On dual axis systems it is very often the case that the two motor assemblies are nearly identical. This allows a certain amount of trouble shooting before reaching for the phone. If one motor refuses to work the following procedure should be adopted. Remove the motor assembly from the telescope and retry the drive. If the motor now turns then the scope may require too much torque from the motor. If the motor does not turn then try swapping over the two connectors to the motors. Does the fault transfer to the other motor? If not then there is a problem with the motor. If it does transfer then there may be a problem in the electronics. Mechanical components such as connectors are the usual things to fail, especially if they are unplugged by pulling on the cable. A missing phase will cause a buzzing sound but no rotation of the motor.

The drive for these develop either 110V or 240V ac so beware. These should not be tampered with. Trouble shooting should be limited to checking the fuse. It is possible to measure the generated output voltage under no load conditions using a multi-meter (switch to 1000V AC VOLTAGE range before prodding the outlet terminals).

If the image wobbles in RA with a period near 1 second then there is a lack of torque to maintain the microstepping accuracy. This can be caused by an insufficiently rated power supply, or too much voltage drop along the cable to the drive box. You can check with a multi-meter the DC voltage present on the 12V inlet terminals to the drive box when the drive is operating. This should be close to 12 Volts. You can also check the AC voltage content by switching to AC Voltage range, this should be less than 100mV. If at the other end of the cable the DC voltage is a lot higher then a solution would be to fit a larger rated cable for the DC supply, perhaps using 10 Amp rated mains cable.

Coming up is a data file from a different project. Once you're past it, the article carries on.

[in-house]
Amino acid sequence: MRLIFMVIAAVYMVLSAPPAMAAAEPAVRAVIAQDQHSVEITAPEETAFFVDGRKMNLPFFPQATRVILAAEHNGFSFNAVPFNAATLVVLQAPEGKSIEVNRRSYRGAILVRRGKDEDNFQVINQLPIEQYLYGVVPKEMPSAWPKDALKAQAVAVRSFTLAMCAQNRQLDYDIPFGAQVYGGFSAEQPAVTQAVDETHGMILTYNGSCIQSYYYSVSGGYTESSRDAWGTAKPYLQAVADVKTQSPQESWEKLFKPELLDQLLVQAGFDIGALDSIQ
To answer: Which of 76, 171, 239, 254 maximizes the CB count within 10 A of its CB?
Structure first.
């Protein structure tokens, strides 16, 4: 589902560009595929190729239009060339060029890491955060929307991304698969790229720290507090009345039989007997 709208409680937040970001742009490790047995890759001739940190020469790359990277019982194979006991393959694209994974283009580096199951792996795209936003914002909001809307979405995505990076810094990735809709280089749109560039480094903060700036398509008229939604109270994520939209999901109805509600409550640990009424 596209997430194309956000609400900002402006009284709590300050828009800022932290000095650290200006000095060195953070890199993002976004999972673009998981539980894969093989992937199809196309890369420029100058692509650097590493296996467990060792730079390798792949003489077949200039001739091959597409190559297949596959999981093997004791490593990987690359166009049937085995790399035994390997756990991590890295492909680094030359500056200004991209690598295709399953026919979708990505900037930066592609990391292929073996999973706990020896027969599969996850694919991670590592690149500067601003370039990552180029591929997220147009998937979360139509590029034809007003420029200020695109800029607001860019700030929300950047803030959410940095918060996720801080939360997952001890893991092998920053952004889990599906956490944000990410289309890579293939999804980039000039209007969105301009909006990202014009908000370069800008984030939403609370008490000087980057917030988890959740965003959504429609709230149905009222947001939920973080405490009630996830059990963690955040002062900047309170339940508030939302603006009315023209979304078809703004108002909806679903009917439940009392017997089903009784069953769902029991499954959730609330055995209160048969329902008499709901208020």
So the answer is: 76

Guarantee and Service
All AWR products are guaranteed for 1 year from date of purchase against faulty workmanship and materials. We do take every care in the building of all units, determining exactly what is required at the ordering stage, with a thorough test and quality inspection before goods leave us. If there is a problem with the installation, operation or features then please give us a call. We would like to think that our products have been designed and built to give you years of trouble free service and that you will recommend us to others.

Our help line is 01304-365918. Please ring before returning goods.

	AWR Technology
	The Old Bakehouse
	Albert Road
	DEAL, Kent, UK
	CT14 9RD
Date of purchase . . . . . . . . . . . . . . .

Serial number . . . . . . . . . . . . . . . .

[Alan Buckman, 17th August 1998]